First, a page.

God bless,
    Joseph Staffieri
    Rochester NY

    1. Fabrizio Lucci

      Dear Joseph,

      many many thanks for your very emotional story. We are very happpy to have helped you to find this recipe and to give you back some of your Christmas memories and flavors. Enjoy them and Buon Natale (Merry Christmas)! Fabrizio

  10. Alicia DiBerardino Barrasso

    My mom who was born in Corvara used to make these every Christmas. I tried making them myself a few times but they never came out like hers. Now that I saw your recipe it brought back so many fond memories of baking with my mom. I must try at least one more time to make them to honor her memory of such happy holiday times we had.

    1. Fabrizio Lucci

      Many thanks dear Alicia for sharing with us such a good memory. I wish you good luck with the new preparation (there is a “secret” ingredient, the love) and Buon Natale! Fabrizio

  11. My beloved mamma, that was born and raised in a little town in Abbruzzo called Colledimezzo, always made these at Christmas time but I never got the recipe. So excited to try these, although my moms didn’t have the nuts in it.
    Would you happen to have the recipe for cillitti (not sure of spelling) also? These are the ones that look like little horseshoes with grape jelly, mosto cotto and chopped walnuts in it.
    Thank you and Buon Natale!

    1. Fabrizio Lucci

      Many thanks dear Evelina for sharing with us such a good memory. Colledimezzo is a beautiful village on the lake of Bomba.About “cillitti”, we prepare them during our cultural and culinary tours and at the moment we decided to give the recipe only to the travelers that decide to came to Abruzzo to discover our traditions, food, landscapes and people with us. I hope that you can understand. Buon Natale!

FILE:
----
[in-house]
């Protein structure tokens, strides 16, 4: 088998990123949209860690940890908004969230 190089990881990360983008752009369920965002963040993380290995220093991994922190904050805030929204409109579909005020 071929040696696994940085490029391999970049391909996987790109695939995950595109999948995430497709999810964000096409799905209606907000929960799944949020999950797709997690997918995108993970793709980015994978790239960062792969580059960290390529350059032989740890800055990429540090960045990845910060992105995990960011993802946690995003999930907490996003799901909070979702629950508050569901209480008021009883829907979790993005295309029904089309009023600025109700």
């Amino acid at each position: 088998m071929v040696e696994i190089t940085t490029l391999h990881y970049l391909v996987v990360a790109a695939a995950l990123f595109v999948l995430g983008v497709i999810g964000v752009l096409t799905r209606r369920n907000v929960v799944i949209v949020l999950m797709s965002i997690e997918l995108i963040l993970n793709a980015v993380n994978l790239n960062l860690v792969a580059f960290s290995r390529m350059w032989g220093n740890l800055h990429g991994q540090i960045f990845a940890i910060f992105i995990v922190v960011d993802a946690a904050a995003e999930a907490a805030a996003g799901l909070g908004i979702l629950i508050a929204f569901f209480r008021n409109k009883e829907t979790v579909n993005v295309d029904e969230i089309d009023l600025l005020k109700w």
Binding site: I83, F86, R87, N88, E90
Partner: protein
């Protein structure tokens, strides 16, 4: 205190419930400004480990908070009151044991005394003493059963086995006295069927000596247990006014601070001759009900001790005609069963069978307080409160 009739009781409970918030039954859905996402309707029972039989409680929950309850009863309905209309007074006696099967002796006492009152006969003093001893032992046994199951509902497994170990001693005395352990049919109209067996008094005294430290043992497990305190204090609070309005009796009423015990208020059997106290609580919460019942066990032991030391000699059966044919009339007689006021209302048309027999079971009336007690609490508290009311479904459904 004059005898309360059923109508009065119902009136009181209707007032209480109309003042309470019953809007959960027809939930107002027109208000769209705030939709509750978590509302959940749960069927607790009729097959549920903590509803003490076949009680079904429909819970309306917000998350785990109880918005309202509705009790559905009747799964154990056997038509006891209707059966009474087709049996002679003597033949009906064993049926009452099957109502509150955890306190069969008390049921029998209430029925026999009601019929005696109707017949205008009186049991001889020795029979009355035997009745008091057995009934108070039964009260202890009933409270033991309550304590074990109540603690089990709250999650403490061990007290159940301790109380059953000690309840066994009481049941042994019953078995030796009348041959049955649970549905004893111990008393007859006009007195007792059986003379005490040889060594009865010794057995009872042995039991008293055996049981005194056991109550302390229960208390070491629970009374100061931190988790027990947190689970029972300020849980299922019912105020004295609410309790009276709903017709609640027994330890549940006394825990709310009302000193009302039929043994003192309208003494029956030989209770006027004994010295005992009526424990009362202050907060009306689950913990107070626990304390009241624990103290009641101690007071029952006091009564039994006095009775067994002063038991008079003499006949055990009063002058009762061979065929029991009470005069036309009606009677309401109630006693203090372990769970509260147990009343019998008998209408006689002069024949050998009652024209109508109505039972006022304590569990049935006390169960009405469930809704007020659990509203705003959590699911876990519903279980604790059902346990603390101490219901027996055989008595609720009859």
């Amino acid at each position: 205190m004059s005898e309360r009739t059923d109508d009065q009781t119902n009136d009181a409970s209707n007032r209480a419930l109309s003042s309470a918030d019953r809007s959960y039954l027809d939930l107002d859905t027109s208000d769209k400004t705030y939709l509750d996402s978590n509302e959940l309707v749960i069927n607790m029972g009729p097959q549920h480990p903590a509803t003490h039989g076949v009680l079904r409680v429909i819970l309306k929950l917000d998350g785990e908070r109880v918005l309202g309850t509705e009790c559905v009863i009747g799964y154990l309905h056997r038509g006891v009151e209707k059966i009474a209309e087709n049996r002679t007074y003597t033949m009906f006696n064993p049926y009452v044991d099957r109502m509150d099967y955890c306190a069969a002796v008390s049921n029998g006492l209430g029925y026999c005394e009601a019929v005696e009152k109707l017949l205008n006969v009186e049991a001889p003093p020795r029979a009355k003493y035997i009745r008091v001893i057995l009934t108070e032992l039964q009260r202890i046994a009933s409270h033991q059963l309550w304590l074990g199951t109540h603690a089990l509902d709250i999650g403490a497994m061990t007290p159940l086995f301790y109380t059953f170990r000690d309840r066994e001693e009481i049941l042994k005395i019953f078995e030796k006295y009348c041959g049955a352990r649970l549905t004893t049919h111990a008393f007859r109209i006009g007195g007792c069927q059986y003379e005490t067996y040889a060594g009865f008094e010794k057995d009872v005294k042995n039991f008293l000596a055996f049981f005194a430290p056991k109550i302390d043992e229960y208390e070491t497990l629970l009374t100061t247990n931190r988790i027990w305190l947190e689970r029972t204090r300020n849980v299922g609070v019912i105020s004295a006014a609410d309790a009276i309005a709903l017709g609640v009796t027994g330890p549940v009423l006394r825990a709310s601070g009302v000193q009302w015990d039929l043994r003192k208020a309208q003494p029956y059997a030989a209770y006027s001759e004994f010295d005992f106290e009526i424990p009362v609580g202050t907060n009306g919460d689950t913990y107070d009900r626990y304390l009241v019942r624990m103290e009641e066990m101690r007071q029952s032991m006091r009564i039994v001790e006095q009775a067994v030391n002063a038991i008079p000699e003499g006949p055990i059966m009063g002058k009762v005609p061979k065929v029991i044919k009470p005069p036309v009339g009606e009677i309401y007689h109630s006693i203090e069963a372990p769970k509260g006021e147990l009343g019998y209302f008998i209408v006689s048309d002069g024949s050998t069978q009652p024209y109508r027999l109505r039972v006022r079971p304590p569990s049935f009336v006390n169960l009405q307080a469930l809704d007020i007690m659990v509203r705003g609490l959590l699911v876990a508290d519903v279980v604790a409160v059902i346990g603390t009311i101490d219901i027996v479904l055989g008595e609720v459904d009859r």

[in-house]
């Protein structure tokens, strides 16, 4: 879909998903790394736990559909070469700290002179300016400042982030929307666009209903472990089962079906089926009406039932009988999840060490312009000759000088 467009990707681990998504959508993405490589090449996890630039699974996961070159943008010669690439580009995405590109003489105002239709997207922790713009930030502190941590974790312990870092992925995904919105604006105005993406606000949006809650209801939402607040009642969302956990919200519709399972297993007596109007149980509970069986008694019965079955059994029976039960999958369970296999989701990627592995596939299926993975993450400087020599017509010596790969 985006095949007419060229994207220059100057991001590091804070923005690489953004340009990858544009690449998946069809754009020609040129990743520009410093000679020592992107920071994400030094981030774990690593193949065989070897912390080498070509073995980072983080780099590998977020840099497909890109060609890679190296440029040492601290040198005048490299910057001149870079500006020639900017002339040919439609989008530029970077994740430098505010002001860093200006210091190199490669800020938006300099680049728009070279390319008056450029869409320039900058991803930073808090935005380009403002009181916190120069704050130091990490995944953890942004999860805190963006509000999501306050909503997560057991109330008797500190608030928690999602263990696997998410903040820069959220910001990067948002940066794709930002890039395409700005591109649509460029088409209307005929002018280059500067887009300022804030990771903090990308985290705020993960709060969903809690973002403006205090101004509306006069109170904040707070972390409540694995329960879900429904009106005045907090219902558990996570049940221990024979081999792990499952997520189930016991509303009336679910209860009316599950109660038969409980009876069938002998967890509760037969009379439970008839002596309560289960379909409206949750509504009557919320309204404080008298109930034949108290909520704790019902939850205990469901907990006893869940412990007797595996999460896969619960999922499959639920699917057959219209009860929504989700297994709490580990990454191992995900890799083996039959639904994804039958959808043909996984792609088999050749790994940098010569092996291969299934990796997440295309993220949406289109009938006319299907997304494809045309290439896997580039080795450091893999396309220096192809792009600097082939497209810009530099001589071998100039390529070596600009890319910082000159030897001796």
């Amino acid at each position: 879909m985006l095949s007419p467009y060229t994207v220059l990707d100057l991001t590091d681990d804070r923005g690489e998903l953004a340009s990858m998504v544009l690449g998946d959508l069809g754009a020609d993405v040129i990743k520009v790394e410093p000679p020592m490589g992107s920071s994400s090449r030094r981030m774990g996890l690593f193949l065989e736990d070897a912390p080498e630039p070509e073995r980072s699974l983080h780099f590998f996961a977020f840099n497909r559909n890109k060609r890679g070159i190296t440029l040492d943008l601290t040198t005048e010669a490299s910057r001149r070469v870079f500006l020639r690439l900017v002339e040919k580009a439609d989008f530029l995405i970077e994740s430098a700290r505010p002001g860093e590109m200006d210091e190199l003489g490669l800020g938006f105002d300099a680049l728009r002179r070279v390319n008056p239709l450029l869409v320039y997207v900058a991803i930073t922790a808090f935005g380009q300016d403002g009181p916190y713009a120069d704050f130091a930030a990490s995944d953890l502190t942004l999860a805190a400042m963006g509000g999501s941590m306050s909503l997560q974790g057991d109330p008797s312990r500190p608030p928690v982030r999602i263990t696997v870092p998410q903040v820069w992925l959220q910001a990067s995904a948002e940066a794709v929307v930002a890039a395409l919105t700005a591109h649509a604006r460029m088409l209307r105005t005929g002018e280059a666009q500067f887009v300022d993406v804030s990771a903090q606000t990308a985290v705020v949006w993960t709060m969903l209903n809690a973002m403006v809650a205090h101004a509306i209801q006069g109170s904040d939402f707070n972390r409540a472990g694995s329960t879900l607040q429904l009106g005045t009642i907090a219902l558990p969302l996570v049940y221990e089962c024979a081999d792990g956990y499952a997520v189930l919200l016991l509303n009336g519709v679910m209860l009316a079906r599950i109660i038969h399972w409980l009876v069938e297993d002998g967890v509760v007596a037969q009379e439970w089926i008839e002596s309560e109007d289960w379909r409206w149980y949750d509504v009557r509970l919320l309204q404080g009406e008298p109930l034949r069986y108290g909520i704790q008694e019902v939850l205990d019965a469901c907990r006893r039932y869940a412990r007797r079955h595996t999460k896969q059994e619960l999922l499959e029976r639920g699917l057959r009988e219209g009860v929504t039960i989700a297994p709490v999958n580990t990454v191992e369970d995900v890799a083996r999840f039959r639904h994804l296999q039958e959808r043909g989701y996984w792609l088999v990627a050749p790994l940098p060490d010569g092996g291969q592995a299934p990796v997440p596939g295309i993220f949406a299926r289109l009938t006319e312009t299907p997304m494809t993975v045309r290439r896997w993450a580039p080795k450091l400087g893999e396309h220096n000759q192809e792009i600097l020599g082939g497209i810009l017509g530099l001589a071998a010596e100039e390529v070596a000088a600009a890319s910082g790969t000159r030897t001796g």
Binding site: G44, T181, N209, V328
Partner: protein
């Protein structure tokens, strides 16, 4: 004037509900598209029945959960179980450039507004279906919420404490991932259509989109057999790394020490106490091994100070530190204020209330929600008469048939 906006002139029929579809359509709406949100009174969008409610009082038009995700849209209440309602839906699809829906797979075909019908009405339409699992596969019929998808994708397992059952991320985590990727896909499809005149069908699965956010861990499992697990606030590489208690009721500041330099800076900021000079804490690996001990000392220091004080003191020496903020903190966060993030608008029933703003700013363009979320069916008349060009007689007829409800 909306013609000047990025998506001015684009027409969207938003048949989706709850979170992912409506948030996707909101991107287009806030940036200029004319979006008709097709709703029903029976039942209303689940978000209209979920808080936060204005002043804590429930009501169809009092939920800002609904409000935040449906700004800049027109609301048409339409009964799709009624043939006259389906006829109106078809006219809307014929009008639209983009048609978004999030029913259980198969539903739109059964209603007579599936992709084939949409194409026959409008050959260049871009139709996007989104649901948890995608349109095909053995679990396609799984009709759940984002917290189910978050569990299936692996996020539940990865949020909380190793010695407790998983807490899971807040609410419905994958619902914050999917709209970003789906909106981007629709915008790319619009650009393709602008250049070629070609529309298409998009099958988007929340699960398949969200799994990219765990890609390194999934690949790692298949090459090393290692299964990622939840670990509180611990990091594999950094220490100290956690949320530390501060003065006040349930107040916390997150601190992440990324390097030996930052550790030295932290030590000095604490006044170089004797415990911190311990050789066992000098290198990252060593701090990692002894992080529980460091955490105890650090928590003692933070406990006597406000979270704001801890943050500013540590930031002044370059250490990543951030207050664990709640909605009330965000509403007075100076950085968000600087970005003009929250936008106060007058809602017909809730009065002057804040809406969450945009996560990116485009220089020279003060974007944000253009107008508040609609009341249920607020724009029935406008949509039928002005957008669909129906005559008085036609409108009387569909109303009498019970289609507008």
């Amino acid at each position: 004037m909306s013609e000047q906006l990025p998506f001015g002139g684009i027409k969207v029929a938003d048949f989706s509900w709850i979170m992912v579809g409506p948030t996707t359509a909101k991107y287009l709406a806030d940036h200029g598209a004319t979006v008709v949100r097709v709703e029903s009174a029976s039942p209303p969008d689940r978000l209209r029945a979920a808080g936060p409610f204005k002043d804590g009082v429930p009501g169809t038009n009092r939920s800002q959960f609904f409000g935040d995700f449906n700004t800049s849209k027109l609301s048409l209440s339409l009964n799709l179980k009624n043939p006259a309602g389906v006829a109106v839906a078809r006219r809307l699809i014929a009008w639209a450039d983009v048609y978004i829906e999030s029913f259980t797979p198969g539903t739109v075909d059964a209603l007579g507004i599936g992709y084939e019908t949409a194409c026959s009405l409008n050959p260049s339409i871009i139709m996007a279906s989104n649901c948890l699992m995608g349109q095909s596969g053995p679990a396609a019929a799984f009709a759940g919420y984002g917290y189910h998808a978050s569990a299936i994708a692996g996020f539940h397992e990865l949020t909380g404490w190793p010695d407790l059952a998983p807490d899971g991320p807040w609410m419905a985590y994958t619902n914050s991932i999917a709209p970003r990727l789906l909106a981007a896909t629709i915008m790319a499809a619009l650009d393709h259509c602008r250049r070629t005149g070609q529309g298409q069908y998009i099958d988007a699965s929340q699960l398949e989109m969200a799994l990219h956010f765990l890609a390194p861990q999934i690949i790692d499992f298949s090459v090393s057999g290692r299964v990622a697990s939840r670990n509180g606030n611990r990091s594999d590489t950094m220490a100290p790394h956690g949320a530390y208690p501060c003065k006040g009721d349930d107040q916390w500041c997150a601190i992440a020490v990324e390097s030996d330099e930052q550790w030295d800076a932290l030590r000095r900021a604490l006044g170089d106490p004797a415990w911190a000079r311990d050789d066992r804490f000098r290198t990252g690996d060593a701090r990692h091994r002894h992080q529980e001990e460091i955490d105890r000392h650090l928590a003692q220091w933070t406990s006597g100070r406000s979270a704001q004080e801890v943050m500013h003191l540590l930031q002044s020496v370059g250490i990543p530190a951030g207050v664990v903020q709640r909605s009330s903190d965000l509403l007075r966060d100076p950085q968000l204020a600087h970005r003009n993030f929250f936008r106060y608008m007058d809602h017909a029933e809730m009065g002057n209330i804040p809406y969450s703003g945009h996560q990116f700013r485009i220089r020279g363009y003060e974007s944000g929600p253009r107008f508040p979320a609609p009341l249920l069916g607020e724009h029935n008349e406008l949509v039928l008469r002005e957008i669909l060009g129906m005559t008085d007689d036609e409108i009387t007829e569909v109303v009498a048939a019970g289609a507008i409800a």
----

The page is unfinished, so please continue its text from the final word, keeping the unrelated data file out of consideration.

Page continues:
1. Fabrizio Lucci

      Hi Roberto,

      I’m sorry to answer only now to your comment, but I’ve just found it among the spam, sometimes happens.
      Many thanks for your comment. Celli Ripieni is another recipe and maybe we’ll post it during the next few months:-).

      Ciao for now,


  12. OMG! My grandmother was from Penne, she taught my mother how to make these cookies. My grandmother would make barrels of these for all family. Now, I make them. But like one of the above bakers, we called them Calchoons! My grandmother spoke broken English too. Then found out their true name later in life. I love, love, love these. We did alter the recipe a bit though. Plus , one of my recipes said to omit the egg but I am going to add the egg from now on like my mother did. Our family uses a prune butter as
    part of the filling. I would love to Penne some day.

    1. Fabrizio Lucci

      Hi Michele,

      I’m sorry to answer only now to your comment, but I’ve just found it among the spam, sometimes happens.
      Many thanks for sharing your emotional story. I’m really happy that you found interesting our information and if one day you’ll decide to discover your roots and need some help, don’t hesitate to contact me.

      Ciao for now,


  13. Sheila Knapp